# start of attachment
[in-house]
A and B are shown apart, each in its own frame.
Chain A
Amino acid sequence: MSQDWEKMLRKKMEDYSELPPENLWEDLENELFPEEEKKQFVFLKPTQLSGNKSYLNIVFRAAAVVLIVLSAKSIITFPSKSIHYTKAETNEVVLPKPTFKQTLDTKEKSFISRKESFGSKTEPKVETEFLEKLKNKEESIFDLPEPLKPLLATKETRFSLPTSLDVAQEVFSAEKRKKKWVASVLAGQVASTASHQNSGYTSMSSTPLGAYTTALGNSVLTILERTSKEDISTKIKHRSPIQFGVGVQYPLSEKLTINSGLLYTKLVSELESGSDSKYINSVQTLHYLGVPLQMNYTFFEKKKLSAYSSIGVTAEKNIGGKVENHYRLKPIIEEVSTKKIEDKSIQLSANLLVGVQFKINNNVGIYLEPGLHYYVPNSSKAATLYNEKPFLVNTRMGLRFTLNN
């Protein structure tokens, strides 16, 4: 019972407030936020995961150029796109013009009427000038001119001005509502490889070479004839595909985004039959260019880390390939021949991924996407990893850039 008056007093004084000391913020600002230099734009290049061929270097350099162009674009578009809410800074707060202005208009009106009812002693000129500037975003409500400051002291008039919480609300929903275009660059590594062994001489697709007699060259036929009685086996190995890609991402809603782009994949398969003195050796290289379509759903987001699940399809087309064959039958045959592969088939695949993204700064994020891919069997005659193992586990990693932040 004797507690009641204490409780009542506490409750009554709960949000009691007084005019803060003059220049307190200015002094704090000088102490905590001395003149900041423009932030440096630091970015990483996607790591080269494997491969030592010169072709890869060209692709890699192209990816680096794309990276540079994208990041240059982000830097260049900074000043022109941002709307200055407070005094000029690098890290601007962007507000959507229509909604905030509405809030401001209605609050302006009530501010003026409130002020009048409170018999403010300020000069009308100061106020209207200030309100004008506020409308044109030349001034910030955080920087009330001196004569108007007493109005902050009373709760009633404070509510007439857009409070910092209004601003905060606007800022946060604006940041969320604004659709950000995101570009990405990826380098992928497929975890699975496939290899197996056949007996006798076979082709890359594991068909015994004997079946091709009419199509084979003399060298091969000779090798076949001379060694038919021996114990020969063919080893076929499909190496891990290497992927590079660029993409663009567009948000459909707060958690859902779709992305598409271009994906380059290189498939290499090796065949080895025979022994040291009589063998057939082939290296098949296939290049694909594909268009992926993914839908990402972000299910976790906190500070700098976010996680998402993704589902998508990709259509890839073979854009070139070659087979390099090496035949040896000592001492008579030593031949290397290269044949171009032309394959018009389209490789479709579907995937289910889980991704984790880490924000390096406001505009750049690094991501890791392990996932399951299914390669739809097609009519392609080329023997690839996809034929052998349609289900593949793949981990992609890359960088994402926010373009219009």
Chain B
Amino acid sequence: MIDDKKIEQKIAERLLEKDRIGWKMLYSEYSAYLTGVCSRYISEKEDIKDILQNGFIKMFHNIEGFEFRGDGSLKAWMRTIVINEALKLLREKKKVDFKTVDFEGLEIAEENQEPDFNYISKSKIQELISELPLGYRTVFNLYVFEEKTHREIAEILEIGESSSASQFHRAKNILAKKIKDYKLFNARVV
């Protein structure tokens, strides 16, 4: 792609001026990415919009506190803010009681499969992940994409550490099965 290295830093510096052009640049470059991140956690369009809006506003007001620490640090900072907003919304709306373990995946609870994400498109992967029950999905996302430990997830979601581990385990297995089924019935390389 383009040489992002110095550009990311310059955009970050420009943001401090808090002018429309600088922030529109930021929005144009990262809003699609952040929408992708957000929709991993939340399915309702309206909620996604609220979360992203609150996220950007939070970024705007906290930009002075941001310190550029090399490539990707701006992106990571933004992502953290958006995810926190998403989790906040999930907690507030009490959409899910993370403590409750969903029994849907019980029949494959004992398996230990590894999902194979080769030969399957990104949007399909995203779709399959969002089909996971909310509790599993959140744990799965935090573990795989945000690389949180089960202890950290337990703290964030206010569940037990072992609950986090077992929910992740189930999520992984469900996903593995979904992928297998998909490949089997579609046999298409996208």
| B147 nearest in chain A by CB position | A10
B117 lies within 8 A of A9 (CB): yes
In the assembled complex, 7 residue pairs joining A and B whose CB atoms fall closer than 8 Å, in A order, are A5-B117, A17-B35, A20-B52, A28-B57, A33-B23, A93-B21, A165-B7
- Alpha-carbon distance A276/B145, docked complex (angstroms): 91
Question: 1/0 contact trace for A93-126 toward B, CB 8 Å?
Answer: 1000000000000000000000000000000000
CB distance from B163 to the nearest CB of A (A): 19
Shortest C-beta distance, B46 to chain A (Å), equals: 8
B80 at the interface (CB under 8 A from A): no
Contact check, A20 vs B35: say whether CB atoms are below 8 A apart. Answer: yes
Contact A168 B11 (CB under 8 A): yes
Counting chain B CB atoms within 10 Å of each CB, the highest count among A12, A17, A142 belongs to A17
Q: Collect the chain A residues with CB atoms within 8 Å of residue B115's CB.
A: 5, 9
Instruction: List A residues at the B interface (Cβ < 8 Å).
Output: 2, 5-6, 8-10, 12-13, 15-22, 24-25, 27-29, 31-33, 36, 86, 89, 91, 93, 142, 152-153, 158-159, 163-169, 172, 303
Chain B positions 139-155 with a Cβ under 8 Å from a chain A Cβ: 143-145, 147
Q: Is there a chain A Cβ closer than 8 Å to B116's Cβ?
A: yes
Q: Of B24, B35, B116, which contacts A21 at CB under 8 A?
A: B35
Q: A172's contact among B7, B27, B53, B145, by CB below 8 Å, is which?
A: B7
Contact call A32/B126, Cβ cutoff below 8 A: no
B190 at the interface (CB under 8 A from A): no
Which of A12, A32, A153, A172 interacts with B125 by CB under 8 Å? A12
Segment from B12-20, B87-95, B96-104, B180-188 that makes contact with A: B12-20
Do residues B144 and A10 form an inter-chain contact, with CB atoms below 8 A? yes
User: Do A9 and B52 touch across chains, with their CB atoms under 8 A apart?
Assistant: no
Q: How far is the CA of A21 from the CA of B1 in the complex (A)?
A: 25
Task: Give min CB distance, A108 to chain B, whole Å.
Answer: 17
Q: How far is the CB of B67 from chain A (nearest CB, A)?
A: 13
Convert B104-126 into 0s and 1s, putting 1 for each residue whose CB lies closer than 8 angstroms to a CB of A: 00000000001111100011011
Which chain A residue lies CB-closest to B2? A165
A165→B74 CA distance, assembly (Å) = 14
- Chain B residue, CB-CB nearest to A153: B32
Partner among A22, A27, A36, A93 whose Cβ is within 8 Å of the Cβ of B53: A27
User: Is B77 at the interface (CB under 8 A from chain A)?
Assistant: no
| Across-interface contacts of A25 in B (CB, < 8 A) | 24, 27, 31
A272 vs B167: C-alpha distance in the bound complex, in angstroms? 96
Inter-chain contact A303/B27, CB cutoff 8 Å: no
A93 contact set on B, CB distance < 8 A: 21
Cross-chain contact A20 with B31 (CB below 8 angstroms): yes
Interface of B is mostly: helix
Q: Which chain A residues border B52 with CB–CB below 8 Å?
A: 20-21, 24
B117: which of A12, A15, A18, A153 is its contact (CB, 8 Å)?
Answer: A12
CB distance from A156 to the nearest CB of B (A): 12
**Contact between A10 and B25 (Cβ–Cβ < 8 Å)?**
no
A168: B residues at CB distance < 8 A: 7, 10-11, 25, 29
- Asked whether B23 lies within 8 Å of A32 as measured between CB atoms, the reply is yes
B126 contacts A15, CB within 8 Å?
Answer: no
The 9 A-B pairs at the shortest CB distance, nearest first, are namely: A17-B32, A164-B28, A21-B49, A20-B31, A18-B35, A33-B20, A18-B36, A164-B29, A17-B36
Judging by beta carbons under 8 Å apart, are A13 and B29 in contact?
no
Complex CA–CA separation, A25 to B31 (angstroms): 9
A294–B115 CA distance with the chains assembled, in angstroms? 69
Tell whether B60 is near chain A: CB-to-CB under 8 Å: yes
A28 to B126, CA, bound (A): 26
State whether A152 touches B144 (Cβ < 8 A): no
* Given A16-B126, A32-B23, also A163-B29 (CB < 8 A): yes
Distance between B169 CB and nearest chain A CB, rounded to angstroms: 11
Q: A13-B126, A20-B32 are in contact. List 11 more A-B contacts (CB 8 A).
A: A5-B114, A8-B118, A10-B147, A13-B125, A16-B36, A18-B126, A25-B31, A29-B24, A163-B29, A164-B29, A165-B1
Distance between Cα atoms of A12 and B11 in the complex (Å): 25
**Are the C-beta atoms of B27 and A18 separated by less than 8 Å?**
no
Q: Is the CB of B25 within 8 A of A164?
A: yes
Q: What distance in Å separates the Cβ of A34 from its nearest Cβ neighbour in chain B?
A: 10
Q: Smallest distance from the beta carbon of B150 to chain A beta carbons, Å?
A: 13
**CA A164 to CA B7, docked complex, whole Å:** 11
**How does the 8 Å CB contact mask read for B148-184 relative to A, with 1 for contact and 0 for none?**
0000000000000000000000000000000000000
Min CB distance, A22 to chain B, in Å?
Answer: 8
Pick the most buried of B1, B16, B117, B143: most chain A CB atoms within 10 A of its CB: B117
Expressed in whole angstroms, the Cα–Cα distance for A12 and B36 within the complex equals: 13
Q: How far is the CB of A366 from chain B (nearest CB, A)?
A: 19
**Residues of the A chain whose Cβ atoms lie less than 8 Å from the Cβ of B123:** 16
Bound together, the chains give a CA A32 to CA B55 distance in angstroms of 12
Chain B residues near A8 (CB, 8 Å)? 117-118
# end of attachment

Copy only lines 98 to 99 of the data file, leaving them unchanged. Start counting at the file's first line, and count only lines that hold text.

A: 19
**Residues of the A chain whose Cβ atoms lie less than 8 Å from the Cβ of B123:** 16